4 minutes


All products have an environmental impact, at any point in their life cycle, but estimates suggest that more than 80% of these impacts are determined at the design stage. If we consider that Europe alone produces 25 million tonnes of plastic waste each year and that 66% of this comes from packaging, the debate about ecodesign – design for sustainability – takes on an urgent tone. Ecodesign is a design approach which, in a systematic and holistic way, incorporates environmental considerations into the process of developing a product, without sacrificing its quality, safety, functional features, visual appeal and other aspects. In practice, the aim is to make packaging more environmentally friendly, which means thinking of it in its entirety.

This process starts by selecting materials that can be firstly recycled and reused, and then afterwards using less of them reduced in total. Companies, consumers, Governments, institutions, NGOs. All of these are agents of change in championing this new approach, because they all have a stake in its success. For example, when a company redesigns its packaging in order to reduce not just its environmental impact but also its production costs, it can pass this on to its retail prices, which benefits the consumer. And consumers have the chance to make a deliberate choice to buy an article with ecodesigned packaging, and to reject other, more polluting options. This in turn puts pressure on distributors and suppliers.

Colorful hot-air balloons flying over the mountain

In January this year, the European Commission launched the European Strategy for Plastics in a Circular Economy. This pioneering document lays down that by 2030 all plastic packaging in the European Union market must be recyclable. It also aims to put an end to disposable plastic packaging in the European Union, switching to recyclable and reusable plastic as a raw material, and to limit the use of microplastics. This new boost for ecodesign will shortly be formalised with the review of the Packaging and Packaging Waste Directive. In Portugal, the Government is looking into its own measures in the new plastics economy, such as offering tax breaks, imposing charges and placing signs at retail outlets that meet high standards in this field.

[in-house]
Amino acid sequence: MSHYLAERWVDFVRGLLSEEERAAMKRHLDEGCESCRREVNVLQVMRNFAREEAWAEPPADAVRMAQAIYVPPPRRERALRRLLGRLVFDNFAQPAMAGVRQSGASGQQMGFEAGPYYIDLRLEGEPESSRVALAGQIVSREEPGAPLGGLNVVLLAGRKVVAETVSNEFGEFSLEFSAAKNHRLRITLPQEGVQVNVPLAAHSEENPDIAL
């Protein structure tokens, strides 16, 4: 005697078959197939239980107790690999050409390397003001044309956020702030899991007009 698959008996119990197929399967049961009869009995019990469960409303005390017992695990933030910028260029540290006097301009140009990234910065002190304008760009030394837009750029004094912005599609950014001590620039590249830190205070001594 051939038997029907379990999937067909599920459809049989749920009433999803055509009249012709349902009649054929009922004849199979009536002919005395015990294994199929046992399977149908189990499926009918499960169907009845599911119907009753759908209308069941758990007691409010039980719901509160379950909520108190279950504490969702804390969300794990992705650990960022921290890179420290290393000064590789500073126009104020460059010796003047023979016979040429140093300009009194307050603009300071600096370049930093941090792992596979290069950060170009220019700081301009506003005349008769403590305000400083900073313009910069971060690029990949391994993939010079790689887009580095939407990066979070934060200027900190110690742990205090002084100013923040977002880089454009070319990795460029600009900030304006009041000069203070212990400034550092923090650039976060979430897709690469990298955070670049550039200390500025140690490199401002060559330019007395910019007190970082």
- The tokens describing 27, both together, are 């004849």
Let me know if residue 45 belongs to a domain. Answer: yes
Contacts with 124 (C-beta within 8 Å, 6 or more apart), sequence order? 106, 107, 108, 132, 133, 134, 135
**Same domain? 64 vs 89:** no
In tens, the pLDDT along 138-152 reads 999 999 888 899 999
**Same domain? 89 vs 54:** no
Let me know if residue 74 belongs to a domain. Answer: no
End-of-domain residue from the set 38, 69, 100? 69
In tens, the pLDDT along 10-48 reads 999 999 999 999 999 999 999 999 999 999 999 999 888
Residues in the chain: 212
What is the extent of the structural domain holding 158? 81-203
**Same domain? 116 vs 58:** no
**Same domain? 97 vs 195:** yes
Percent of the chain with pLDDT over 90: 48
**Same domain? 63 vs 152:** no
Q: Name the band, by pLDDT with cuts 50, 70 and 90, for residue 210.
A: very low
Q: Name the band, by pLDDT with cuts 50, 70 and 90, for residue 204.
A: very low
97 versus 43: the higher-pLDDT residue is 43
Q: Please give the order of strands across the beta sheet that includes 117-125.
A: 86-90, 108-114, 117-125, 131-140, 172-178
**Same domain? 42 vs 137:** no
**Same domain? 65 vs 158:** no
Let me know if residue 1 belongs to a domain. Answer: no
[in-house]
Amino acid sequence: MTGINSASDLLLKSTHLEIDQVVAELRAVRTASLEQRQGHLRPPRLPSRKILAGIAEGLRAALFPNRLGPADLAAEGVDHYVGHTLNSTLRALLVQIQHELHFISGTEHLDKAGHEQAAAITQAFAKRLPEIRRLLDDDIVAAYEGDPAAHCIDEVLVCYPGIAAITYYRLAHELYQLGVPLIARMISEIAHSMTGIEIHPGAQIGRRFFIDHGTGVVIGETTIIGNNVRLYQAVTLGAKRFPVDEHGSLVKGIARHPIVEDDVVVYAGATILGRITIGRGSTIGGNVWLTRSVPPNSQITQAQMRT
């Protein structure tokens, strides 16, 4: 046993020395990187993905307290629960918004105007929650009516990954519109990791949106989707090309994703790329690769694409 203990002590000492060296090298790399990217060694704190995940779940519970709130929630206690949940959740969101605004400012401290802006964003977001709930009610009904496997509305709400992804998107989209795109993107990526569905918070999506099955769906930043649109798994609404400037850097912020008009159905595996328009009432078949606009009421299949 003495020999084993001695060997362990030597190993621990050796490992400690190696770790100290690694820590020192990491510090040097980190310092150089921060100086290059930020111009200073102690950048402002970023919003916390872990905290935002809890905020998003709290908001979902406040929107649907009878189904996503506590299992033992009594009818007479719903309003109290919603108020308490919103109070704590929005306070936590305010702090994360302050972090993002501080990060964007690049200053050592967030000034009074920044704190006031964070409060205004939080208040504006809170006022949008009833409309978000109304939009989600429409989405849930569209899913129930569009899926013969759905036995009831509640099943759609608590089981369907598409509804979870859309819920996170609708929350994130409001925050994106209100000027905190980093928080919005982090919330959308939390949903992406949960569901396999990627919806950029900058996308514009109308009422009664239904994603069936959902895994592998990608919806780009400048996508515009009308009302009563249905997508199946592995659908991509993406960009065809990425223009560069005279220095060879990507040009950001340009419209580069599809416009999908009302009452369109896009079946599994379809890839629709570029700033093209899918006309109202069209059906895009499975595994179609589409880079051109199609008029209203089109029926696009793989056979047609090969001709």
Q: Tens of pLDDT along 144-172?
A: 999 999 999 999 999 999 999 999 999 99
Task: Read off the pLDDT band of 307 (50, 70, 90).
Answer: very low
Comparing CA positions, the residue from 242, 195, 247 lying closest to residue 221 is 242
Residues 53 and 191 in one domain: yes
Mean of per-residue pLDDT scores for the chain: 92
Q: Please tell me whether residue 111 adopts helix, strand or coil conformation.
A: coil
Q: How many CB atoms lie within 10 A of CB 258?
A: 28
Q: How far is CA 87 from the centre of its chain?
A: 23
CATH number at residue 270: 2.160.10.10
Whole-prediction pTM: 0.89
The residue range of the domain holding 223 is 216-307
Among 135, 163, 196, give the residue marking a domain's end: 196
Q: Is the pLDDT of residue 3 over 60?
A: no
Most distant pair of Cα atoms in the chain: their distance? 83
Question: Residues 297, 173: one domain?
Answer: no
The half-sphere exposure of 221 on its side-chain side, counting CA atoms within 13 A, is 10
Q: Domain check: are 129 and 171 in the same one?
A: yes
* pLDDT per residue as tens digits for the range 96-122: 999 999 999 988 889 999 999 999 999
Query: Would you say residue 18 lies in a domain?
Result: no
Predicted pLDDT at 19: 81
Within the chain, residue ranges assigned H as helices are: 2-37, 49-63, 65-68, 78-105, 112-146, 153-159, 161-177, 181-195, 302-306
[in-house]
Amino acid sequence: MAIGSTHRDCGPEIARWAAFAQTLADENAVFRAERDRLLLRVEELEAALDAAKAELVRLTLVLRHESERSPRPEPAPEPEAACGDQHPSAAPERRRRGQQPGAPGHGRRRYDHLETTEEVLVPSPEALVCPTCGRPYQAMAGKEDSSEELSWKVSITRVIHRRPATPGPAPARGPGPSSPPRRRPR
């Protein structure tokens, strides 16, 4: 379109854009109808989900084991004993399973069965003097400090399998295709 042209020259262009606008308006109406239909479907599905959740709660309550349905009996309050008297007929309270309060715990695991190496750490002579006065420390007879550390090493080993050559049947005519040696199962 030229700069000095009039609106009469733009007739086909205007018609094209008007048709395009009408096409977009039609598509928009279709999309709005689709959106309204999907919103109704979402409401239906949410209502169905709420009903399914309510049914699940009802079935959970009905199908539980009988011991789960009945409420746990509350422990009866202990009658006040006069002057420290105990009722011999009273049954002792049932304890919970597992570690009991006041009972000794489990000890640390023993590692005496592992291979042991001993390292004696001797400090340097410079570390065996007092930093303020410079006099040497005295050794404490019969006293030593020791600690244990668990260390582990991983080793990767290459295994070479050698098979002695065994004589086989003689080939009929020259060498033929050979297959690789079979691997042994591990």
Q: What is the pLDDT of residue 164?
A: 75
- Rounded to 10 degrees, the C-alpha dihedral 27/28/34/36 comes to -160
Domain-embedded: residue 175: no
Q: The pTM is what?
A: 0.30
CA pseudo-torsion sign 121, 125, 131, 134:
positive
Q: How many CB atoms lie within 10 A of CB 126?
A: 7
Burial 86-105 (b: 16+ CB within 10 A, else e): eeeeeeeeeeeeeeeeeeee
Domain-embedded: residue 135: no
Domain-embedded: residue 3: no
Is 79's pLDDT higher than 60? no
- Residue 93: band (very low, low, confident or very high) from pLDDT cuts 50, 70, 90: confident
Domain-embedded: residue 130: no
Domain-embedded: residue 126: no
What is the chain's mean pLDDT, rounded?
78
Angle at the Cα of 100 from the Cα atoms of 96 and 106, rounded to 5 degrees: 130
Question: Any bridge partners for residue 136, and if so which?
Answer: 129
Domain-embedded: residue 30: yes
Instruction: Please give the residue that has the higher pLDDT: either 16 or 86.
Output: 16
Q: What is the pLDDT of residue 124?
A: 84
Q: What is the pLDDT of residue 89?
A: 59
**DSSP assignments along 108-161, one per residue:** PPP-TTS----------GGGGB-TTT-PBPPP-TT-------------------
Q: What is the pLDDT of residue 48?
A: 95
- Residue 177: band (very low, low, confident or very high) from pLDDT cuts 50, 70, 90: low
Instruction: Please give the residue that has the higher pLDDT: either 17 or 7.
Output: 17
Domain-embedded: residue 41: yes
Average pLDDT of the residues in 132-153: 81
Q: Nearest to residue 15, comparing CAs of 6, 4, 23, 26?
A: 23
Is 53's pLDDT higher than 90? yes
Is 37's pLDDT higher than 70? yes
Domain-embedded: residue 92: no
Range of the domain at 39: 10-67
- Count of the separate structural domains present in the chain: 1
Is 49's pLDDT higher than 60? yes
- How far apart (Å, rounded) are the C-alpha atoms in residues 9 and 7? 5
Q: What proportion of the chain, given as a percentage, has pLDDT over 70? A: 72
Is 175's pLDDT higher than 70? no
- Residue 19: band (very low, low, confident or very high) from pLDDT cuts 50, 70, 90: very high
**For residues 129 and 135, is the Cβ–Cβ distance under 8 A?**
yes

Caring for the environment is one of the fundamental pillars of the corporate Responsibility strategy pursued by Jerónimo Martins, which has identified waste management as one of its priorities for the future. The Group has been working hand in hand with its suppliers to make their packaging more eco-efficient, for two crucial reasons: to reduce the environmental impact of the packaging for its Private Brand products, and also to optimise the costs of production, transport and management of packaging waste.

This is a process that reaches into every corner of the product’s life, from manufacture through to its after-life, taking in transport, packing and display, involving all the operators in the supply chain. A new Ecodesign Manual explains the principles to be adopted by the Group. Since the project started up back in 2010, these joint efforts have been applied to more than 270 Private Brand products for Pingo Doce, Recheio (Portugal) and Biedronka (Poland), which has already saved around 17 thousand tonnes of materials and avoided carbon emissions totalling 3 thousand tonnes in transport.



The 1-litre bottle diameter was narrowed down from 90mm to 85mm, turning it into a more cylindrical rather than conical shape. The new bottle has allowed a 10% reduction in primary packaging weight – 2,661 kg/year – and done away with the need for a cardboard pallet stabiliser. The changes have avoided transporting 6 thousand pallets each year and the emission of 345 tonnes of CO2 . Aiming for continuous improvement at the packaging redesign of this particular product, Jerónimo Martins is preparing a new reformulation.

-5 mm
in diameter
-345 tonnes
of CO2 emissions
10% reduction
in primary packaging weight
-6,000 Pallets
used in transportation
of the cardboard pallet stabilisers


The packages have been replaced by a flowpack format, resulting in a reduction of 60% in primary packaging weight – 12,186 kg/year – and a 5% reduction in secondary packaging weight – 1,784 kg/year.


-155 230 kg
of plastic per year

The change of shape and thickness of the bottle of water Polaris 1,5 l (sparkling and still) had a considerable decrease in plastic use.